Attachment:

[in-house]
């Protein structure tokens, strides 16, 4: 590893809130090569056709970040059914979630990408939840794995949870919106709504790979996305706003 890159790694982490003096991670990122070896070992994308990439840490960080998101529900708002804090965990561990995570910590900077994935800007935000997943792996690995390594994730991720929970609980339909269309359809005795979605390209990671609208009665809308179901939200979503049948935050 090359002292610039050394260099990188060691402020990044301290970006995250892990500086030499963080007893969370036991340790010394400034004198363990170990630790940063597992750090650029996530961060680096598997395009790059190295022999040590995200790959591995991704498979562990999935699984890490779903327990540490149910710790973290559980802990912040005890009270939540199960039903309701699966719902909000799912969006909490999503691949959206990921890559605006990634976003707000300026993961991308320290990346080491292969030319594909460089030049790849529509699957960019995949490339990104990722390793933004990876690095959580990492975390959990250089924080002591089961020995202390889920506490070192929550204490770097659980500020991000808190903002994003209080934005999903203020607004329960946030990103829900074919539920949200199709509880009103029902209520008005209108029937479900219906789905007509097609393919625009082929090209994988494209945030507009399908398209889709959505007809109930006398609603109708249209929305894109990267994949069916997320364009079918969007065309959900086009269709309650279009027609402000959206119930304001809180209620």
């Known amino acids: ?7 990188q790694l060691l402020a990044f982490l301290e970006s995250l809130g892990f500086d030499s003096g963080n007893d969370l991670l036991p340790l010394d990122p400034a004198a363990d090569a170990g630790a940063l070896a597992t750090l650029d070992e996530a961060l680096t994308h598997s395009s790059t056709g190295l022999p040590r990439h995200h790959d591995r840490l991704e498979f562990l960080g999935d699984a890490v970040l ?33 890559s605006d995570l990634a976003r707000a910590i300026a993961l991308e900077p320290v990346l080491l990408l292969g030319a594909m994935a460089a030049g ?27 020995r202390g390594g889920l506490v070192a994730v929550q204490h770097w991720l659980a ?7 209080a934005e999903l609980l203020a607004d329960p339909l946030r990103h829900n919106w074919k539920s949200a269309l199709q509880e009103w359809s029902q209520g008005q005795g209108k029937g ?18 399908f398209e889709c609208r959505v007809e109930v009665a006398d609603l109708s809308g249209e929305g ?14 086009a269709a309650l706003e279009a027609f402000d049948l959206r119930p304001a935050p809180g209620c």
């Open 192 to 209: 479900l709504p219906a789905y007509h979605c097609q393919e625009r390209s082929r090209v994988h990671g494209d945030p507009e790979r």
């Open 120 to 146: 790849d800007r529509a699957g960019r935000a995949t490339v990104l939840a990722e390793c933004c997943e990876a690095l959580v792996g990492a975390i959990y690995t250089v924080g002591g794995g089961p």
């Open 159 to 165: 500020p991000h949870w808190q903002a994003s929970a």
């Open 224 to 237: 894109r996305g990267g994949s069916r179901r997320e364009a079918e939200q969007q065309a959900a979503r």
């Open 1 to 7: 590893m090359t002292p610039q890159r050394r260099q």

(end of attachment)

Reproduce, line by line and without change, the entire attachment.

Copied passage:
[in-house]
């Protein structure tokens, strides 16, 4: 590893809130090569056709970040059914979630990408939840794995949870919106709504790979996305706003 890159790694982490003096991670990122070896070992994308990439840490960080998101529900708002804090965990561990995570910590900077994935800007935000997943792996690995390594994730991720929970609980339909269309359809005795979605390209990671609208009665809308179901939200979503049948935050 090359002292610039050394260099990188060691402020990044301290970006995250892990500086030499963080007893969370036991340790010394400034004198363990170990630790940063597992750090650029996530961060680096598997395009790059190295022999040590995200790959591995991704498979562990999935699984890490779903327990540490149910710790973290559980802990912040005890009270939540199960039903309701699966719902909000799912969006909490999503691949959206990921890559605006990634976003707000300026993961991308320290990346080491292969030319594909460089030049790849529509699957960019995949490339990104990722390793933004990876690095959580990492975390959990250089924080002591089961020995202390889920506490070192929550204490770097659980500020991000808190903002994003209080934005999903203020607004329960946030990103829900074919539920949200199709509880009103029902209520008005209108029937479900219906789905007509097609393919625009082929090209994988494209945030507009399908398209889709959505007809109930006398609603109708249209929305894109990267994949069916997320364009079918969007065309959900086009269709309650279009027609402000959206119930304001809180209620």
């Known amino acids: ?7 990188q790694l060691l402020a990044f982490l301290e970006s995250l809130g892990f500086d030499s003096g963080n007893d969370l991670l036991p340790l010394d990122p400034a004198a363990d090569a170990g630790a940063l070896a597992t750090l650029d070992e996530a961060l680096t994308h598997s395009s790059t056709g190295l022999p040590r990439h995200h790959d591995r840490l991704e498979f562990l960080g999935d699984a890490v970040l ?33 890559s605006d995570l990634a976003r707000a910590i300026a993961l991308e900077p320290v990346l080491l990408l292969g030319a594909m994935a460089a030049g ?27 020995r202390g390594g889920l506490v070192a994730v929550q204490h770097w991720l659980a ?7 209080a934005e999903l609980l203020a607004d329960p339909l946030r990103h829900n919106w074919k539920s949200a269309l199709q509880e009103w359809s029902q209520g008005q005795g209108k029937g ?18 399908f398209e889709c609208r959505v007809e109930v009665a006398d609603l109708s809308g249209e929305g ?14 086009a269709a309650l706003e279009a027609f402000d049948l959206r119930p304001a935050p809180g209620c």
């Open 192 to 209: 479900l709504p219906a789905y007509h979605c097609q393919e625009r390209s082929r090209v994988h990671g494209d945030p507009e790979r």
């Open 120 to 146: 790849d800007r529509a699957g960019r935000a995949t490339v990104l939840a990722e390793c933004c997943e990876a690095l959580v792996g990492a975390i959990y690995t250089v924080g002591g794995g089961p």
């Open 159 to 165: 500020p991000h949870w808190q903002a994003s929970a």
């Open 224 to 237: 894109r996305g990267g994949s069916r179901r997320e364009a079918e939200q969007q065309a959900a979503r």
């Open 1 to 7: 590893m090359t002292p610039q890159r050394r260099q």